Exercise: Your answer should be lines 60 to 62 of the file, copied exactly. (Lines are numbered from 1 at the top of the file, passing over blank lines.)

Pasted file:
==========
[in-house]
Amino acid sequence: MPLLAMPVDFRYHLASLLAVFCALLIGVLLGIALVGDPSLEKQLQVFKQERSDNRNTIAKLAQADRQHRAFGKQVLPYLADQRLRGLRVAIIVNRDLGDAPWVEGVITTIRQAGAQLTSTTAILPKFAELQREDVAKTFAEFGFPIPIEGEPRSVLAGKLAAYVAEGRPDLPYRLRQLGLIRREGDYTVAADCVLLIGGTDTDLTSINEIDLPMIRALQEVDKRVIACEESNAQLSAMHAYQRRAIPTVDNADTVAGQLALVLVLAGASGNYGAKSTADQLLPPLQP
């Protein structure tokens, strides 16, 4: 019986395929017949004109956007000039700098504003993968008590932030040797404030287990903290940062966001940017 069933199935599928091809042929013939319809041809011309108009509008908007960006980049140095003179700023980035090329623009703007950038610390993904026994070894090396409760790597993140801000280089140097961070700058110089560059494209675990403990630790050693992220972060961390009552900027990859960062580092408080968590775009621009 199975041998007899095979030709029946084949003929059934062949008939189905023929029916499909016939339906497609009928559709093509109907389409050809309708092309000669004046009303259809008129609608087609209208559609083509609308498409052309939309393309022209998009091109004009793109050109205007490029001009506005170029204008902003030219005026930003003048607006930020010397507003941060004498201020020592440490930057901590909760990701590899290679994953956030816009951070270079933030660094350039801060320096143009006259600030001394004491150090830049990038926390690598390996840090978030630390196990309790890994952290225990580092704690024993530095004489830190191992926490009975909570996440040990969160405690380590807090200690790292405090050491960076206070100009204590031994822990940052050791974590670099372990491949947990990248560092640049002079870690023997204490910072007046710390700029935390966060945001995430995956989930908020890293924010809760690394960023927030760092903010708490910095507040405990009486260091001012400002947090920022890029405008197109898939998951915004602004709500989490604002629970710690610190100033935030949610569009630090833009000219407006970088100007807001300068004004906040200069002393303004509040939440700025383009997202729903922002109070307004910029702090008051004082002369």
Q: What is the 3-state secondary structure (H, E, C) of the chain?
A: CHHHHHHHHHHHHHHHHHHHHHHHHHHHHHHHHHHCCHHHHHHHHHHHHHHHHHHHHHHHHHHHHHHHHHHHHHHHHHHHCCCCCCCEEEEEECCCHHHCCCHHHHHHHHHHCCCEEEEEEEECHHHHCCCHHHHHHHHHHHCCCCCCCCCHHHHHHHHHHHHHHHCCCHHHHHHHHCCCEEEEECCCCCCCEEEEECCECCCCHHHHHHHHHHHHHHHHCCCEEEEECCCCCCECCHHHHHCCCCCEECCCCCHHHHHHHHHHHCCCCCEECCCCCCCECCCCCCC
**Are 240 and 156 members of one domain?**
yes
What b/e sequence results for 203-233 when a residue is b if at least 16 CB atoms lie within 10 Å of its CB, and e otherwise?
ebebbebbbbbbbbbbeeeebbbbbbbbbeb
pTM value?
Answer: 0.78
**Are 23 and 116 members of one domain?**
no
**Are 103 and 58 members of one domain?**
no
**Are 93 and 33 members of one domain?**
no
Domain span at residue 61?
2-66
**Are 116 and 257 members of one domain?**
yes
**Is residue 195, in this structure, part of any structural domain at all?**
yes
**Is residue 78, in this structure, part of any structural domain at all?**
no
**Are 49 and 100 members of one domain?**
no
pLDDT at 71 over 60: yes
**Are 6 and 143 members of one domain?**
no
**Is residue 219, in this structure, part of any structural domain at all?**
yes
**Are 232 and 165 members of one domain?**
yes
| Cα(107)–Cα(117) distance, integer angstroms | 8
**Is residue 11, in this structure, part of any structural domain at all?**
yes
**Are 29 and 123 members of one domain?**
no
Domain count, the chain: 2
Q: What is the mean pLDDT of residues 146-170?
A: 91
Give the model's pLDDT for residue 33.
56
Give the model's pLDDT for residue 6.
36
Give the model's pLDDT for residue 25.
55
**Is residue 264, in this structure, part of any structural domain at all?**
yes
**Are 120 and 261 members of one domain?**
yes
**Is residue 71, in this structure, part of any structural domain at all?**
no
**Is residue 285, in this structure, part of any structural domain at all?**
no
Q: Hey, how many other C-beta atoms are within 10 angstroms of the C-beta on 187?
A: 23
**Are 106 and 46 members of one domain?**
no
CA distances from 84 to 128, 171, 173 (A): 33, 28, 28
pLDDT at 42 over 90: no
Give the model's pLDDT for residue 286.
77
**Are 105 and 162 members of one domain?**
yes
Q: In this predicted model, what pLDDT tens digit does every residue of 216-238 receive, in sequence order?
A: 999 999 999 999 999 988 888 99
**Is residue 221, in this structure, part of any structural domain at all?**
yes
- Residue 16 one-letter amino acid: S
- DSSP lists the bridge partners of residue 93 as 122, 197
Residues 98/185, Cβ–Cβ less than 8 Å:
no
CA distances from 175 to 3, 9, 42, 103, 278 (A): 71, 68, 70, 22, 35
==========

no
CA distances from 84 to 128, 171, 173 (A): 33, 28, 28
pLDDT at 42 over 90: no